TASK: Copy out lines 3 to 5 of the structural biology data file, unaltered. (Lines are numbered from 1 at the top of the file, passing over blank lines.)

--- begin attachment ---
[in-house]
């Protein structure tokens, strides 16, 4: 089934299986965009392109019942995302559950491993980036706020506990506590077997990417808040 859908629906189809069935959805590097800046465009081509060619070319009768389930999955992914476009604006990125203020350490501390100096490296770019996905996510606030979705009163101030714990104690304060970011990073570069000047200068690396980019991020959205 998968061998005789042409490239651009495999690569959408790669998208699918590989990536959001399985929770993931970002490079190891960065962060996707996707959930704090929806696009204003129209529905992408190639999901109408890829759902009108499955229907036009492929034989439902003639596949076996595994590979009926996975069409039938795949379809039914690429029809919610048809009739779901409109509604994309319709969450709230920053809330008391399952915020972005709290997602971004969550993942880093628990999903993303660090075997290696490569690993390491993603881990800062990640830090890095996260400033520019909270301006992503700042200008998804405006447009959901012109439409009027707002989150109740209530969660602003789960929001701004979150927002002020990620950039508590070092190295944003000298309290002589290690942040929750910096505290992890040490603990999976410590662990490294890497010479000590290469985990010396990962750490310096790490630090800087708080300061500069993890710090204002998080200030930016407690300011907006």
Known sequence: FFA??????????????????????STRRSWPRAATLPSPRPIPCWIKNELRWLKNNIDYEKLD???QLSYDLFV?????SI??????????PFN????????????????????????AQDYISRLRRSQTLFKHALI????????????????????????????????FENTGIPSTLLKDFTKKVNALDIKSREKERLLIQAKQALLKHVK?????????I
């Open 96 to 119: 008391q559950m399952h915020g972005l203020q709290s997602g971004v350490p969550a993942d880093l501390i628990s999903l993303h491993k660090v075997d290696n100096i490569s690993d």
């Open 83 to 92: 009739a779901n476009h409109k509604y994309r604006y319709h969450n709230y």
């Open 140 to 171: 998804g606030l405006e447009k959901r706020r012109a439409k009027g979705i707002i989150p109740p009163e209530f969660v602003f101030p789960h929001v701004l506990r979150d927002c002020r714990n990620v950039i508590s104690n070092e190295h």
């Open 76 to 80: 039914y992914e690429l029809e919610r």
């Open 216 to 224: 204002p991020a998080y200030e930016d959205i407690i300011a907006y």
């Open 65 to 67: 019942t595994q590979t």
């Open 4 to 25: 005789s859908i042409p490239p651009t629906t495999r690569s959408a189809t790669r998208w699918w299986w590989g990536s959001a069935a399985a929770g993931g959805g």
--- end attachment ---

Known sequence: FFA??????????????????????STRRSWPRAATLPSPRPIPCWIKNELRWLKNNIDYEKLD???QLSYDLFV?????SI??????????PFN????????????????????????AQDYISRLRRSQTLFKHALI????????????????????????????????FENTGIPSTLLKDFTKKVNALDIKSREKERLLIQAKQALLKHVK?????????I
């Open 96 to 119: 008391q559950m399952h915020g972005l203020q709290s997602g971004v350490p969550a993942d880093l501390i628990s999903l993303h491993k660090v075997d290696n100096i490569s690993d």
């Open 83 to 92: 009739a779901n476009h409109k509604y994309r604006y319709h969450n709230y």